In January 2018, the judge joined a Facebook group comprised of City Honors School parents who publicly supported the teachers’ opposition to the transfer of teachers.  The judge also communicated with parents in support of the teachers using email and Twitter.  The judge posted on Facebook:  “We can go to Court appearance.  I will find out when it is.”  Using email and social media platforms, the judge provided legal information and advice to parents who were sending letters to the board of education and the teachers’ federation.  On Facebook, the judge posted:  “FYI if letter hast [sic] gone yet – include phrase ‘irreparable harm’ and/or send separate [sic] letters as that is legal standard to stop teachers transfers at least in short term.”  By email, the judge stated:  “Has the letter been sent yet?  It needs to state there will be irreparable harm to justify Court ordering stay of lay offs set for February 27.  If already sent we can do second one and/or individual ones describing irreparable harm.”  On Twitter, the judge posted:  “Write short letters stating the ‘irreparable harm’ cutting teachers at CHS will cause to your children.  Students should write as well.  Post on Twitter & send to BPS & BTF!”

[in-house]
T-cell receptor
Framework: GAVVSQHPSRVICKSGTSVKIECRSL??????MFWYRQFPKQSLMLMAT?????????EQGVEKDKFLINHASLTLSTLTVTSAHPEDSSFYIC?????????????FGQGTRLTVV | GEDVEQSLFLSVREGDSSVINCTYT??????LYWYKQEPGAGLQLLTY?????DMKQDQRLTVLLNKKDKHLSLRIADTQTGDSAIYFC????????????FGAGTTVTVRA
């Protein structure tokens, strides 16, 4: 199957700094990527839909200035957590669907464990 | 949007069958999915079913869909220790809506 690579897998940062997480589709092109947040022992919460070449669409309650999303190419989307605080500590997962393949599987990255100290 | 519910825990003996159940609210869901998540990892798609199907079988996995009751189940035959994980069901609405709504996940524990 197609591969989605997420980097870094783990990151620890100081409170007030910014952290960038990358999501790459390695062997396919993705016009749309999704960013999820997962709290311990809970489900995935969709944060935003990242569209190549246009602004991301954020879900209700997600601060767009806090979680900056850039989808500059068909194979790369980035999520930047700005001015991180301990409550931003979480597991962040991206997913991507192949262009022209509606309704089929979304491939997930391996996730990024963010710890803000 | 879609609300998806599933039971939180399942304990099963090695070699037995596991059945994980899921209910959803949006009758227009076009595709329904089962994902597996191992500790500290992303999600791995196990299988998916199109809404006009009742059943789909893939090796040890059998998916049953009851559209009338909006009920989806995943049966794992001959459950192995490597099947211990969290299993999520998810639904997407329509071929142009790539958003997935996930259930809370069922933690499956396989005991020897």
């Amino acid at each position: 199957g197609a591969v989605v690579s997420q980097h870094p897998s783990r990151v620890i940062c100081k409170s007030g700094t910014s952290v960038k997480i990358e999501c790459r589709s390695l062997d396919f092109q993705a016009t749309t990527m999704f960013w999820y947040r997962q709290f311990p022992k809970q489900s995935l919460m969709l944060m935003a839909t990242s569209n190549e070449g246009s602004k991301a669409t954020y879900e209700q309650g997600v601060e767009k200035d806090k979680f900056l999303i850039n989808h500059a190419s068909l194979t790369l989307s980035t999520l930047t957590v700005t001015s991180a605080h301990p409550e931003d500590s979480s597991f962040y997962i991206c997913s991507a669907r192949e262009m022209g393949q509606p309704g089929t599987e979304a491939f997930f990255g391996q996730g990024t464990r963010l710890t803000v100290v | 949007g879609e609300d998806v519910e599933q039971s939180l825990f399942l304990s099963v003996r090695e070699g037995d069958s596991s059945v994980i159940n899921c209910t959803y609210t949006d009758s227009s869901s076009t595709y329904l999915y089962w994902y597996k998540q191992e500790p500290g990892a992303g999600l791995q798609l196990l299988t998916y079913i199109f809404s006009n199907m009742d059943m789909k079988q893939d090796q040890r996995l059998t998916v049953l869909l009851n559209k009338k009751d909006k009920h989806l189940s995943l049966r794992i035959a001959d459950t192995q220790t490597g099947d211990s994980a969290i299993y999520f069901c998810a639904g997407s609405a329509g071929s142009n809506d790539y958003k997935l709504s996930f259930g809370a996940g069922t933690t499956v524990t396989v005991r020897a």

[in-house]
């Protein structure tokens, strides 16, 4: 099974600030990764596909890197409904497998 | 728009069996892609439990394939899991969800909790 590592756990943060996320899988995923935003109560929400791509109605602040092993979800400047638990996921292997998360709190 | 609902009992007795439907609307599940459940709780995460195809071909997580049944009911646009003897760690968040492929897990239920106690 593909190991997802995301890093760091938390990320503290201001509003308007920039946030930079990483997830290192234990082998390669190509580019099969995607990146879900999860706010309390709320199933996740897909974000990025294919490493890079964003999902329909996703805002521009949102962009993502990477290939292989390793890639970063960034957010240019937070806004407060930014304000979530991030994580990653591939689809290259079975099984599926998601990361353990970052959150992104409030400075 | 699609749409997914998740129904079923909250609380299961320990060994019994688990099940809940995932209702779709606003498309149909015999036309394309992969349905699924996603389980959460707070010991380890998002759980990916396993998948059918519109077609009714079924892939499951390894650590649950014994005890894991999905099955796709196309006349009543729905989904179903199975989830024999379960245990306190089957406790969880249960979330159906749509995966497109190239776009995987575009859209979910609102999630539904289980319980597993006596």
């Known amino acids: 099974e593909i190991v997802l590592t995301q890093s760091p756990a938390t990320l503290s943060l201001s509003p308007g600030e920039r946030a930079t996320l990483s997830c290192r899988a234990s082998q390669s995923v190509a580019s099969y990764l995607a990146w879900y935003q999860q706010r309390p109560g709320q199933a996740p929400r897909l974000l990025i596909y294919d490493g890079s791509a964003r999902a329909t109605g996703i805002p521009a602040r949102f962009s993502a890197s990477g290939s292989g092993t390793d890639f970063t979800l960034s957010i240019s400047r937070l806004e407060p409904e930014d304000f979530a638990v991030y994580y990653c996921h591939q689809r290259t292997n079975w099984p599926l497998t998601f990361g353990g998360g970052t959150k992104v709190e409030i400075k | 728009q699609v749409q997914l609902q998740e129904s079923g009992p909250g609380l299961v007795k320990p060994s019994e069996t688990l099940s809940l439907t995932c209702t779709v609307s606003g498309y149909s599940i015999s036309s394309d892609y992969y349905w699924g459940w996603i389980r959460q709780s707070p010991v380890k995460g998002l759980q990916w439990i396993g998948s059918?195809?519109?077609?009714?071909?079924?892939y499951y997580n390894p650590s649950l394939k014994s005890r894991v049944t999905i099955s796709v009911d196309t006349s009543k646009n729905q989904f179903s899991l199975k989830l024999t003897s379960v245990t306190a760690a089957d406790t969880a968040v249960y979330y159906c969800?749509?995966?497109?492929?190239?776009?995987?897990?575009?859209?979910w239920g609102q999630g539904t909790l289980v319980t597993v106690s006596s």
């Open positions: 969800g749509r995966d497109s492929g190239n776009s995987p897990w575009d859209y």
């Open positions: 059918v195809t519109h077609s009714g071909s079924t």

The judge publicly criticized City Honors School principal William Kresse on Facebook, posting:  “Let’s not kid ourselves our beloved IB school hired these aids [sic] To punish teachers who won at arbitration & in Court.  If Dr. Kresse didn’t hire these aids [sic], not a single teacher would be transferred.  100% Kresse decision.  Ask him Why?”  Also on Facebook, the judge characterized the proposed transfer of teachers as “pure retaliation” and stated, “We don’t need aides … napping in hallway.”

On or about February 1, in response to a Buffalo News editorial, the judge posted a Facebook comment that identified her as “Catherine Nugent Panepinto – Works at Elected New York Supreme Court Judge Nov, 2010.”  The judge stated that she did not know that Facebook settings would automatically identify her by her judicial title but conceded that she should have familiarized herself with Facebook protocols prior to posting the comments.

The judge posted on Facebook:  “FYI I met with Paulette Woods today.  She is the Central representative on School Board whose district includes City Honors …  I also had a similar positive conversation with [BBOE representatives] Hope Jay & Sharon Cottman & plan to talk w [BBOE representative] Jennifer M[ecozzi] tomorrow.  I think we’re making great progress & looking forward to meeting tomorrow.”